“Our primary objective, and our obligation to Danish society, is to stay open to serve the important air cargo traffic and the passenger flights still operating. We must keep Denmark connected to the rest of the world – no matter what. That’s what we’re doing today with the support of our bankers and the understanding of our owners at a time when most of our revenue streams have dried up and our debt continues to grow,” says Krogsgaard.
Air cargo important for Denmark
During the initial hectic weeks after Denmark closed its borders on 14 March, the focus was on special flights carrying personal protective equipment (PPE) and emergency flights bringing home Danes who had been stranded around the world. Then followed the crucial task of retaining the all-important air cargo traffic.
“It’s essential that Denmark can keep its exports going and still trade with the rest of the world, so it’s fortunate that the air cargo business has done all right during the crisis,” Krogsgaard emphasises.
The volume of air cargo to destinations around the world, including foodstuffs, medicine and machinery, fell by only 30 per cent to 222,783 tonnes. Pure air cargo traffic increased while there was a drop in so-called belly cargo, which is cargo shipped with passenger planes, as many routes were closed or strongly reduced.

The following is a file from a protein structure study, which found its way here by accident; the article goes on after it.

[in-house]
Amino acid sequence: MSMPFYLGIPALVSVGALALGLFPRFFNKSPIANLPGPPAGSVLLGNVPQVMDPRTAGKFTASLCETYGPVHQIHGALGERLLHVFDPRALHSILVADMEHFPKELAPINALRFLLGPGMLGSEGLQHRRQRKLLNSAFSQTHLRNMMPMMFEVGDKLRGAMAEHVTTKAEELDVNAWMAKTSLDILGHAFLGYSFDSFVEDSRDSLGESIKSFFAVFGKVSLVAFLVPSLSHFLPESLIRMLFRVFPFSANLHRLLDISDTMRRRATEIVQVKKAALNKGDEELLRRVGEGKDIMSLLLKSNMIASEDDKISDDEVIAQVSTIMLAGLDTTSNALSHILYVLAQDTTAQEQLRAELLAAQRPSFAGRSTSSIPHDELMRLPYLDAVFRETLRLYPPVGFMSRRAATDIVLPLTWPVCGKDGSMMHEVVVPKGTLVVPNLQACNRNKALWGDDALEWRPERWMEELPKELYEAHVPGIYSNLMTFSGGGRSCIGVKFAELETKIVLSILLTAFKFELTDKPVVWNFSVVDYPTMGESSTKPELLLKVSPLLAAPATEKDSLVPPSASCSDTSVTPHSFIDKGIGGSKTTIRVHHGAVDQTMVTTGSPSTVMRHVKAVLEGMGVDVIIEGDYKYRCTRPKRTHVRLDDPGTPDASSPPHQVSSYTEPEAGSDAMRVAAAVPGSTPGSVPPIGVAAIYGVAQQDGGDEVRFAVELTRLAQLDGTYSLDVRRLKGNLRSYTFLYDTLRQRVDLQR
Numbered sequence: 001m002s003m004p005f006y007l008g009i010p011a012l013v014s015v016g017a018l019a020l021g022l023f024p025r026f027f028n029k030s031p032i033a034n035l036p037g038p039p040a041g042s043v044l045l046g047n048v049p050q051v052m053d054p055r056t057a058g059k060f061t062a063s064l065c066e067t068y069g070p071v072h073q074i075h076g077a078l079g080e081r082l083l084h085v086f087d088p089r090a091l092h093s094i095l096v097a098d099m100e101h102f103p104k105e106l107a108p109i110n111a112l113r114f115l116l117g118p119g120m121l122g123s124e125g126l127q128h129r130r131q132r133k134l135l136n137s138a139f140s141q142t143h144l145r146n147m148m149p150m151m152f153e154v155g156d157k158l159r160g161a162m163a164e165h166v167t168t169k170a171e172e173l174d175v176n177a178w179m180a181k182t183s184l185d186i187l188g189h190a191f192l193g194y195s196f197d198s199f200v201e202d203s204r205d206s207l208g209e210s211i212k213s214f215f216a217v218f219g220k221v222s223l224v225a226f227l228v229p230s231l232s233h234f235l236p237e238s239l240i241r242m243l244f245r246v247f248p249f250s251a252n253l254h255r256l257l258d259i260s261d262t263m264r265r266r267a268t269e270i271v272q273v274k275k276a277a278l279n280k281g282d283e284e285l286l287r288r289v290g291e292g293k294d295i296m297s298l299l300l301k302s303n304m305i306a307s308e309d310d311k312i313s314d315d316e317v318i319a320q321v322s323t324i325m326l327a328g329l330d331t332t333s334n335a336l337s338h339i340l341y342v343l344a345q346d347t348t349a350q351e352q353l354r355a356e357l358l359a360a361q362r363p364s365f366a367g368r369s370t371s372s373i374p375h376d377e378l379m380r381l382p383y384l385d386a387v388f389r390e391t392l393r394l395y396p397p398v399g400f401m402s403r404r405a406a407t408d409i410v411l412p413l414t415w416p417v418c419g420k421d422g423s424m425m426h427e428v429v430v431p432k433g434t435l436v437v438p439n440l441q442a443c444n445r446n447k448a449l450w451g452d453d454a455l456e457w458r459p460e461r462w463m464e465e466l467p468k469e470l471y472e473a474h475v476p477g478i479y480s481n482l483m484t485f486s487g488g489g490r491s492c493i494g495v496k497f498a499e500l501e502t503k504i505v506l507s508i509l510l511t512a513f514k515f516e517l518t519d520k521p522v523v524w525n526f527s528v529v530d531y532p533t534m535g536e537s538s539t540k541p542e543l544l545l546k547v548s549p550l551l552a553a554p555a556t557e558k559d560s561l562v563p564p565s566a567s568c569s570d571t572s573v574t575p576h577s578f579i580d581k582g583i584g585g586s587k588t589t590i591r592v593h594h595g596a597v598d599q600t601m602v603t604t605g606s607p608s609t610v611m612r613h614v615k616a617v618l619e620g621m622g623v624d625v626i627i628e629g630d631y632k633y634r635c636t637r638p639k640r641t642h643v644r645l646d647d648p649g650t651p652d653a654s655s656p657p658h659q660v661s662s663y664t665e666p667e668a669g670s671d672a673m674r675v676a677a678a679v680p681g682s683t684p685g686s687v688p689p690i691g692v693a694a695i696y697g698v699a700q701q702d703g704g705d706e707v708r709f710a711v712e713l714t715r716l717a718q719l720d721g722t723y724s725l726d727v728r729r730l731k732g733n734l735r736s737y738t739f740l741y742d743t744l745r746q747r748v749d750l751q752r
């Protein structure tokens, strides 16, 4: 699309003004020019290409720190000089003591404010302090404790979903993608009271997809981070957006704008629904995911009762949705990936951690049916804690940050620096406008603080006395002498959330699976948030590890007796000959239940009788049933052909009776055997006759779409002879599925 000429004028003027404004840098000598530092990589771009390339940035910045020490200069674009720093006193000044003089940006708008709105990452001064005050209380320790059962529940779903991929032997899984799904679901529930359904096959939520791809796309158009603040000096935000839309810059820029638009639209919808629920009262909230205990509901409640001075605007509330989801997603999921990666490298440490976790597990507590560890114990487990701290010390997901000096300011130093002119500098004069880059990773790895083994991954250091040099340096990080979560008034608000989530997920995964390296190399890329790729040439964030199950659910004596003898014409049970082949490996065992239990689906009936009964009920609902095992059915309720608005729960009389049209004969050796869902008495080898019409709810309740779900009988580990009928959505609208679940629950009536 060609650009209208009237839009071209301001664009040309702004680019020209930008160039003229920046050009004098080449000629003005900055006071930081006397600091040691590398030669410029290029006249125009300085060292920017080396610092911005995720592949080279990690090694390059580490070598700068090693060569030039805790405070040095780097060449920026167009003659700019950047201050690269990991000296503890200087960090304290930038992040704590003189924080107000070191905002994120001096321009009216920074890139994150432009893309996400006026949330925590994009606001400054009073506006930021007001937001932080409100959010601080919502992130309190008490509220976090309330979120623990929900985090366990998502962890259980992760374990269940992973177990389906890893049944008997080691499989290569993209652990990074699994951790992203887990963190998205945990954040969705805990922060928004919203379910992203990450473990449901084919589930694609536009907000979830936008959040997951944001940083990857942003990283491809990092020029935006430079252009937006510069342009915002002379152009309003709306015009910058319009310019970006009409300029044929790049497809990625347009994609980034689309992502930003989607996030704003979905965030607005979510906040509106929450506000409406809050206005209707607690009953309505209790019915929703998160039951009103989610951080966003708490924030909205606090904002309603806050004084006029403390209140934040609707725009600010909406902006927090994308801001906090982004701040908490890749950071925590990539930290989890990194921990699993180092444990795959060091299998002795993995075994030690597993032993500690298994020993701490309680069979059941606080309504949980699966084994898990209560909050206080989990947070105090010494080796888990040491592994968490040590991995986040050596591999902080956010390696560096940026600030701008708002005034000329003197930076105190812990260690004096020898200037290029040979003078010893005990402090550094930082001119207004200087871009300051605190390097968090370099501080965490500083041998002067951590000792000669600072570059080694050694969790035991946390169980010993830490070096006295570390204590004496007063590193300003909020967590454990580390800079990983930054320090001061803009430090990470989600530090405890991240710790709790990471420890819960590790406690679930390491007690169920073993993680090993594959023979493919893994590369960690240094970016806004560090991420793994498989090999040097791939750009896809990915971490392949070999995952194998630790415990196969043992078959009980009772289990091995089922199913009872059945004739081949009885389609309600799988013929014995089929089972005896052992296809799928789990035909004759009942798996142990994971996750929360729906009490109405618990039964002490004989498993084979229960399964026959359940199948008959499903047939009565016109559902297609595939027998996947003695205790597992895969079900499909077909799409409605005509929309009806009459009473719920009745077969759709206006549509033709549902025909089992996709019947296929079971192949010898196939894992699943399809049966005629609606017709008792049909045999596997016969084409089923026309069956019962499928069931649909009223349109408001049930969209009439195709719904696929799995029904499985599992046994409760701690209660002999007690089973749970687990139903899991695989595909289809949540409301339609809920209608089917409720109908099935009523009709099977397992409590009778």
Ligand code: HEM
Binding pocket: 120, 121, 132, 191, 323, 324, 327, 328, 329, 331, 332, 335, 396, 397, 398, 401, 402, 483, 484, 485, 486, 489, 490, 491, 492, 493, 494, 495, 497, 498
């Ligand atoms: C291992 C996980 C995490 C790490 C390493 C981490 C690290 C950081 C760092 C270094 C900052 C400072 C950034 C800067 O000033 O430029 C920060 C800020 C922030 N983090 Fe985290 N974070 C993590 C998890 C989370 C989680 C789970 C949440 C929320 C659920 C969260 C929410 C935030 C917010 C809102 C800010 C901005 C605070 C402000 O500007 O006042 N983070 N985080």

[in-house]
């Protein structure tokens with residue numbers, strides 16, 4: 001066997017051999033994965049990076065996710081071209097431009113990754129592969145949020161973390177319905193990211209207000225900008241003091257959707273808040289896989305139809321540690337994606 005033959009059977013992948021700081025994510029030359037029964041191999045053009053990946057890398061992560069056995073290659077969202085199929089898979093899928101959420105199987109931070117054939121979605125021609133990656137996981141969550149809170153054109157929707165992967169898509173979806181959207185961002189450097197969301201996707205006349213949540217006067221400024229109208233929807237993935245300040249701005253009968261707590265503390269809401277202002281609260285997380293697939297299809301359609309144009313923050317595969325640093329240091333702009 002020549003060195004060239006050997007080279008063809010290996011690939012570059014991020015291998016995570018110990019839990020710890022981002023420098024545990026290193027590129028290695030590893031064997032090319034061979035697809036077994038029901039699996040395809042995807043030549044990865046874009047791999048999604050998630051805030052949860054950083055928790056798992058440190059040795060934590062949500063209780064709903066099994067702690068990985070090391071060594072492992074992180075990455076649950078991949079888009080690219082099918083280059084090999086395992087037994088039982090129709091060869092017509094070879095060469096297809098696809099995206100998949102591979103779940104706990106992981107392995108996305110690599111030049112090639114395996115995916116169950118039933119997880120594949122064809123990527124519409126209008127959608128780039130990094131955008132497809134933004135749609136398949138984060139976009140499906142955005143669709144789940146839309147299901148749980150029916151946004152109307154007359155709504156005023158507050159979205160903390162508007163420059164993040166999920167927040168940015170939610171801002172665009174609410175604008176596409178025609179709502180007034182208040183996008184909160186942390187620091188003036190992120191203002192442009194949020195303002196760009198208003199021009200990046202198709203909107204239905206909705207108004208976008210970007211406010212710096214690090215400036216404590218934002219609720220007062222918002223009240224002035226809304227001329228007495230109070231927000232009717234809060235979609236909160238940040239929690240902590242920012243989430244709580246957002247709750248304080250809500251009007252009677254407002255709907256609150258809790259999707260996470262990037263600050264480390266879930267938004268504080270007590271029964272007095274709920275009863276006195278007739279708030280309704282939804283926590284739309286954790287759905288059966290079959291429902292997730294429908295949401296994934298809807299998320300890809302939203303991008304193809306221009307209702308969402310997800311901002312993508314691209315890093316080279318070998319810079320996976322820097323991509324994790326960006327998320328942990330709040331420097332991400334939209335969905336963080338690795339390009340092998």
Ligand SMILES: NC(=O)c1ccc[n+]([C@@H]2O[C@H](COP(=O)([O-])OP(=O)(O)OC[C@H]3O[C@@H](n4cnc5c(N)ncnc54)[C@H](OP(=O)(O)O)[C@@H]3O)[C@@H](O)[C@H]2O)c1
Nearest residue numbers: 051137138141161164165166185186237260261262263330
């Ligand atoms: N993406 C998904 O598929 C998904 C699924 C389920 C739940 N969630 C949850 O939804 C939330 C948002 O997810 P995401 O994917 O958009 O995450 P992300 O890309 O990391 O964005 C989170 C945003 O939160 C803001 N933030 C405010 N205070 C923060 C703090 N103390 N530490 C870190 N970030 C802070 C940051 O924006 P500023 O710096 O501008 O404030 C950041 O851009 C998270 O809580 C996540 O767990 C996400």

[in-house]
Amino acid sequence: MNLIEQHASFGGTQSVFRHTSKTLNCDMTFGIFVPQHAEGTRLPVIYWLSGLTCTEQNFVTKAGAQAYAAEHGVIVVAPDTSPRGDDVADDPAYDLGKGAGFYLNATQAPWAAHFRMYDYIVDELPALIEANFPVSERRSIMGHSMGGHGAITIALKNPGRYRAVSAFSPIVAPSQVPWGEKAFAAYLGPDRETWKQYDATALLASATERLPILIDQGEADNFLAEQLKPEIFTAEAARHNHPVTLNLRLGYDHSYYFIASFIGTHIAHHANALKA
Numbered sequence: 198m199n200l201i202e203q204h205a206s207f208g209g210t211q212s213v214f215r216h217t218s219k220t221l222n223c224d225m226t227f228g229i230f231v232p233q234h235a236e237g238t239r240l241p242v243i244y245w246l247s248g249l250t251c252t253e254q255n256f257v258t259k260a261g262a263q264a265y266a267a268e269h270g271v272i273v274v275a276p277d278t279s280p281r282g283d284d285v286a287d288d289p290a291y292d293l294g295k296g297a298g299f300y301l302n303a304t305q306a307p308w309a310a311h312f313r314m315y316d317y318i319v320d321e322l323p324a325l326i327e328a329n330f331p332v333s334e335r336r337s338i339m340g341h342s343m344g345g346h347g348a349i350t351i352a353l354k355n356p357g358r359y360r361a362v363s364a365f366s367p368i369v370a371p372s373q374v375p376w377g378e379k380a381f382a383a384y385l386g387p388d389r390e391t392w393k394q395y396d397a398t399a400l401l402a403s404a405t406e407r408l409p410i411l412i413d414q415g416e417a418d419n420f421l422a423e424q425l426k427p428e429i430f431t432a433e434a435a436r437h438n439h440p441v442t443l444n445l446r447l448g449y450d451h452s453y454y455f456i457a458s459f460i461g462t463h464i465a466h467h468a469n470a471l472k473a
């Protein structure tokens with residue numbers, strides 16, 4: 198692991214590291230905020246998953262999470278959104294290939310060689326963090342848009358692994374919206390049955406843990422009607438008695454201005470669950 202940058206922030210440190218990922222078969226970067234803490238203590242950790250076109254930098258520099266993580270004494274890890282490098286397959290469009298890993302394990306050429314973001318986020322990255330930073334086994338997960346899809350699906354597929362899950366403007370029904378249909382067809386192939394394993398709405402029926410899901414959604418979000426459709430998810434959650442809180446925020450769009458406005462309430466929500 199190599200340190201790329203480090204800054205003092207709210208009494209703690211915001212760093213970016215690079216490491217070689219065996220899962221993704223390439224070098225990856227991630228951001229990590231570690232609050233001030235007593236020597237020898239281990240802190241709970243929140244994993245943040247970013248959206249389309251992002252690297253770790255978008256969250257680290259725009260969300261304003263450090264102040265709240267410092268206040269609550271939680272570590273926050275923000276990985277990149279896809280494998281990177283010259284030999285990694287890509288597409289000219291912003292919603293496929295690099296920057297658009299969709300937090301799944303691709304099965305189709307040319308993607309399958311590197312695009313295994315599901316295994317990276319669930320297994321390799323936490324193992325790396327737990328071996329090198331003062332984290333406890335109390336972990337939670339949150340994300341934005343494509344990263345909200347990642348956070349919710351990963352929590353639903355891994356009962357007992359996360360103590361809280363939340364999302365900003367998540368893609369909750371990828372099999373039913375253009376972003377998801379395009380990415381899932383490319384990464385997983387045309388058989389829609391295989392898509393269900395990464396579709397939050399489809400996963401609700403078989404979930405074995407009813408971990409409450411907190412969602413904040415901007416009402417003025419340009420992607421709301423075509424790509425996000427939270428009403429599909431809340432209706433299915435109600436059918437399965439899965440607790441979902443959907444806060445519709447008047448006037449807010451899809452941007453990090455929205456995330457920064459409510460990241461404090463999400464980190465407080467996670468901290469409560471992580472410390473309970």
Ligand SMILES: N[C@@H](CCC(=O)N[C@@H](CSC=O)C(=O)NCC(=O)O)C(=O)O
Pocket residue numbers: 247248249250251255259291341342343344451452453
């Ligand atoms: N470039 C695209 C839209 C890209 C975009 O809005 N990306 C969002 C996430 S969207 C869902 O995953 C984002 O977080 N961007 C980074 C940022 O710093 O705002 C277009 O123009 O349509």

Rønne and Aalborg surpassing London
The top 10 of destinations was given a real shake-up during the year of the coronavirus. For many years, London was clearly the most popular destination out of Copenhagen.
However, as the pandemic worsened during the autumn and the highly contagious British coronavirus variant spread across the world, traffic to the British capital began to shrink. In December, London dropped to sixth place on the list, surpassed by, among others, Danish destinations like Aalborg and Rønne.
“Denmark is a small country and traditionally, domestic air traffic has played a relatively limited role. Having said that, with more and more connections to the world being closed, domestic traffic has grown from 5 to 17 per cent of our overall traffic in december,” explains Krogsgaard.
Facts about 2020 at Copenhagen Airport
- The low point was 9 April, when the airport had 434 travellers. On a normal day, there would be 83,000.
- April was the quietest month of the year, including for baggage handling as only 7,050 pieces of baggage left Copenhagen Airport. In April 2019, that figure was 590,861.
- December 2020 had 167 daily arrivals and departures. In 2019, that figure was 614.
- Even with much fewer arrivals and departures, the percentage of seats filled (the load factor) dropped from 77 in 2019 to 41 per cent during the year of the coronavirus.
- At the turn of the year, nine shops and eateries were still open in the CPH terminals. Pre-COVID-19, that figure was 150.
- In a normal year, Danish butter cookies are a hit with tourists in the Taxfree shop, especially with the Chinese. However, the tourists stayed away, so the top seller for 2020 was marshmallows.
- During both short and long periods of 2020, airlines flew to half of the destinations served before COVID-19 set in, but the number of departures and arrivals fell by 79 per cent.